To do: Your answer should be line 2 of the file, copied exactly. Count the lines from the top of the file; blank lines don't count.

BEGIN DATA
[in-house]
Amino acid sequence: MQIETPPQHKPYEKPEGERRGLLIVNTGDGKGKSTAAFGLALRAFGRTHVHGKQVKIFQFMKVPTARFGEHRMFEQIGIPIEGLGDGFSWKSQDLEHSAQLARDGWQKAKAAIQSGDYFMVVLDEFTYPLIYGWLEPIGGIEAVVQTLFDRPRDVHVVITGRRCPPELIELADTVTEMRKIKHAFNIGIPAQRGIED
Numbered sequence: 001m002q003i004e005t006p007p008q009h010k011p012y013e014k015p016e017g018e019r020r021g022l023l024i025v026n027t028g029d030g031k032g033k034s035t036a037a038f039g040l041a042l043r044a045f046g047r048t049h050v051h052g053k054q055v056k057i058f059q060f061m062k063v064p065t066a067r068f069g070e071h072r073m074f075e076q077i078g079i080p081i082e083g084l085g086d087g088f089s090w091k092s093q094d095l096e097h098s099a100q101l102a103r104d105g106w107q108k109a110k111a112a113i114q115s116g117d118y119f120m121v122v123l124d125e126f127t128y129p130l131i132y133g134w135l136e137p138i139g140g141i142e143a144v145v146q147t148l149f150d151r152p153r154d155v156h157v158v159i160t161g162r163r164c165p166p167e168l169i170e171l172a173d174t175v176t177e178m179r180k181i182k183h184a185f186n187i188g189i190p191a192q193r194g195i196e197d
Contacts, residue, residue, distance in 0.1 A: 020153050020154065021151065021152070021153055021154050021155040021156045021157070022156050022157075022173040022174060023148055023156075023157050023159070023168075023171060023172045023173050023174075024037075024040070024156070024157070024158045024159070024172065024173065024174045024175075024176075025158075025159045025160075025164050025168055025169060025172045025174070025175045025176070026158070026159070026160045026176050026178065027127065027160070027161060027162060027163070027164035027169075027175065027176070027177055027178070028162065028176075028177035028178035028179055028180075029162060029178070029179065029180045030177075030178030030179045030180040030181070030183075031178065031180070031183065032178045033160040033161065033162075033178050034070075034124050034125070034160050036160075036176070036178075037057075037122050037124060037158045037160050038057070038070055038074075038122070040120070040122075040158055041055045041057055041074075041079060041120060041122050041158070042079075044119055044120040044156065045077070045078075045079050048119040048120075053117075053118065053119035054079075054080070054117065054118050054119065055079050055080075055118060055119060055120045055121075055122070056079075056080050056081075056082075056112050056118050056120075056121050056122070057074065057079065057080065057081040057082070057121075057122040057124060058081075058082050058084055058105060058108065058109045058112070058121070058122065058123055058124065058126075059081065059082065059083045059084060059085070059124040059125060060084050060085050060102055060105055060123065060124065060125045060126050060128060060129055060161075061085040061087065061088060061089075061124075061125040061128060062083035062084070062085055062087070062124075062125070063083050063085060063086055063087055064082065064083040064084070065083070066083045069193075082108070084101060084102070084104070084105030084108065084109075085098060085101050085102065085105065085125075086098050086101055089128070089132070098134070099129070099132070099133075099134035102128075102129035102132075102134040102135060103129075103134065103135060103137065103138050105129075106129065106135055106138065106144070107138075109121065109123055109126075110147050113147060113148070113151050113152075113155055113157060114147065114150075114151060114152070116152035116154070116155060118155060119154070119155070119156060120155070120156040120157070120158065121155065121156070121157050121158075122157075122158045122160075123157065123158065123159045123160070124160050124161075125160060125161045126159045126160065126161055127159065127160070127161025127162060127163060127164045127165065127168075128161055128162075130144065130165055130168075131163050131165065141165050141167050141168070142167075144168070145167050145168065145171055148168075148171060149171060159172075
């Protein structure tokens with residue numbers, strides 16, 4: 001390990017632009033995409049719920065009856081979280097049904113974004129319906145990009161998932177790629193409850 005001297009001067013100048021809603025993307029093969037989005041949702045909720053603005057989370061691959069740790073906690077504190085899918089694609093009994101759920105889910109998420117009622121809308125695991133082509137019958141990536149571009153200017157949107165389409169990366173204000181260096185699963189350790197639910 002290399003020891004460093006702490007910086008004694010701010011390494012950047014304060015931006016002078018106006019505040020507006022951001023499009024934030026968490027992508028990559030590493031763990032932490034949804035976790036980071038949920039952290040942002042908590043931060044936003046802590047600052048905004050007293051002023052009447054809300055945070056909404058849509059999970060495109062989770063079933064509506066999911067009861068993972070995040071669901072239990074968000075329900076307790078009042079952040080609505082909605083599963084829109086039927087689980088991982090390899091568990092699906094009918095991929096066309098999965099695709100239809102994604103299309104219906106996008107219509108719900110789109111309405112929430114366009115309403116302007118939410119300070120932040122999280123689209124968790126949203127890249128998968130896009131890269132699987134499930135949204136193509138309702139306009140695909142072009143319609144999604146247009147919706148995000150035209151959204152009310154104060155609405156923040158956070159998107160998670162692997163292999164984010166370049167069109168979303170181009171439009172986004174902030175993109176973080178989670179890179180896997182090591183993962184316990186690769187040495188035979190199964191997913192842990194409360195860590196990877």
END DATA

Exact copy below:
Amino acid sequence: MQIETPPQHKPYEKPEGERRGLLIVNTGDGKGKSTAAFGLALRAFGRTHVHGKQVKIFQFMKVPTARFGEHRMFEQIGIPIEGLGDGFSWKSQDLEHSAQLARDGWQKAKAAIQSGDYFMVVLDEFTYPLIYGWLEPIGGIEAVVQTLFDRPRDVHVVITGRRCPPELIELADTVTEMRKIKHAFNIGIPAQRGIED